diligens

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Latin[edit]

Etymology[edit]

Present active participle of dīligō (esteem, love)

Participle[edit]

dīligēns m, f, n (genitive dīligentis); third declension

  1. diligent, careful, attentive

Inflection[edit]

Third declension.

Number Singular Plural
Case / Gender Masc./Fem. Neuter Masc./Fem. Neuter
nominative dīligēns dīligentēs dīligentia
genitive dīligentis dīligentium
dative dīligentī dīligentibus
accusative dīligentem dīligēns dīligentēs dīligentia
ablative dīligente, dīligentī1 dīligentibus
vocative dīligēns dīligentēs dīligentia

1When used purely as an adjective.

References[edit]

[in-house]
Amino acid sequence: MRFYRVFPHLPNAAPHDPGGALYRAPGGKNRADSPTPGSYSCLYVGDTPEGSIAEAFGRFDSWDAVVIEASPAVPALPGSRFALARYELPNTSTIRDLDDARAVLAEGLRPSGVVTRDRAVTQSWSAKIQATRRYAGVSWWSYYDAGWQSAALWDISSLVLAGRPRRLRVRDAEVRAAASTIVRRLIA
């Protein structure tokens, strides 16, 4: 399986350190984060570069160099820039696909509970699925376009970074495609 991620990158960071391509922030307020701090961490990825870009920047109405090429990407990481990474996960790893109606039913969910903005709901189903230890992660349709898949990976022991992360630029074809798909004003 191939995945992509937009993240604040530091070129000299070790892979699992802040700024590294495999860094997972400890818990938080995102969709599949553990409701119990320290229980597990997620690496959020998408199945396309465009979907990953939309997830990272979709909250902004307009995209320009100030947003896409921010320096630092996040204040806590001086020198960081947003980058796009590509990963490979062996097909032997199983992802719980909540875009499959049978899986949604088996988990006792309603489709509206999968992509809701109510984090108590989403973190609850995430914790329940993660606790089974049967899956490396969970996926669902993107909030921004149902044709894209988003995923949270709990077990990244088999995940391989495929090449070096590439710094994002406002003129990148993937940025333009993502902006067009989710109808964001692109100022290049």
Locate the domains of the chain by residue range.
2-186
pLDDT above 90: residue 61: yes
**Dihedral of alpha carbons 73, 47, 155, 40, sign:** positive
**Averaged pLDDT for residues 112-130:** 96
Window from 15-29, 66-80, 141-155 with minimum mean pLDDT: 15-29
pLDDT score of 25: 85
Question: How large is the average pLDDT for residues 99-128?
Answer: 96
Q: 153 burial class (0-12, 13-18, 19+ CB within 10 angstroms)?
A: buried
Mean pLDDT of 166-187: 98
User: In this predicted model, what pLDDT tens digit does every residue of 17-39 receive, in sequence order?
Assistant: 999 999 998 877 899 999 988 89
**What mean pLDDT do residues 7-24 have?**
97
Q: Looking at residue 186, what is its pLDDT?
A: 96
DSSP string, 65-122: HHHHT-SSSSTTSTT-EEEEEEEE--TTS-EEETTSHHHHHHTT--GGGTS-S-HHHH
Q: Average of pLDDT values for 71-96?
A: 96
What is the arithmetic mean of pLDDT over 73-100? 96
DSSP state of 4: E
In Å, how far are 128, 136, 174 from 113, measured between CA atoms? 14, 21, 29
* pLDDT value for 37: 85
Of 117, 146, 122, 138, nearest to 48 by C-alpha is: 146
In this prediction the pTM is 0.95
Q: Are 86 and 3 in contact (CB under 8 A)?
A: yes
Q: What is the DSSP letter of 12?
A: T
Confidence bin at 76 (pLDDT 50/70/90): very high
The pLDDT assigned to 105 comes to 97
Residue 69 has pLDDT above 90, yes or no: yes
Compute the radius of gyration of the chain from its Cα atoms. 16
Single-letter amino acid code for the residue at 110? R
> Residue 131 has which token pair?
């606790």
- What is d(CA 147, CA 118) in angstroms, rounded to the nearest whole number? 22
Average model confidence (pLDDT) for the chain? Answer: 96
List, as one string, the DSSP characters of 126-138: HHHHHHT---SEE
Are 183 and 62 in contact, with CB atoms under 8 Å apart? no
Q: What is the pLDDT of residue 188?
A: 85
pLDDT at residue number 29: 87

• diligens in Charlton T. Lewis and Charles Short (1879) A Latin Dictionary, Oxford: Clarendon Press
  • diligens in Charlton T. Lewis (1891) An Elementary Latin Dictionary, New York: Harper & Brothers
  • diligens” in Félix Gaffiot’s Dictionnaire Illustré Latin-Français, Hachette (1934)
  • Carl Meissner; Henry William Auden (1894) Latin Phrase-Book[1], London: Macmillan and Co.
    • truthful; veracious: veritatis amans, diligens, studiosus
    • a conscientious historian: homo in historia diligens
    • to be exact in calculating dates: diligentem esse in exquirendis temporibus
    • to be pedantic: nimium diligentem esse
    • to be exact, punctual in the performance of one's duty: diligentem esse in retinendis officiis
    • to be economical: diligentem, frugi esse
    • a careful master of the house: diligens paterfamilias
  • Morwood, James. A Latin Grammar. Oxford: Oxford University Press, 1999.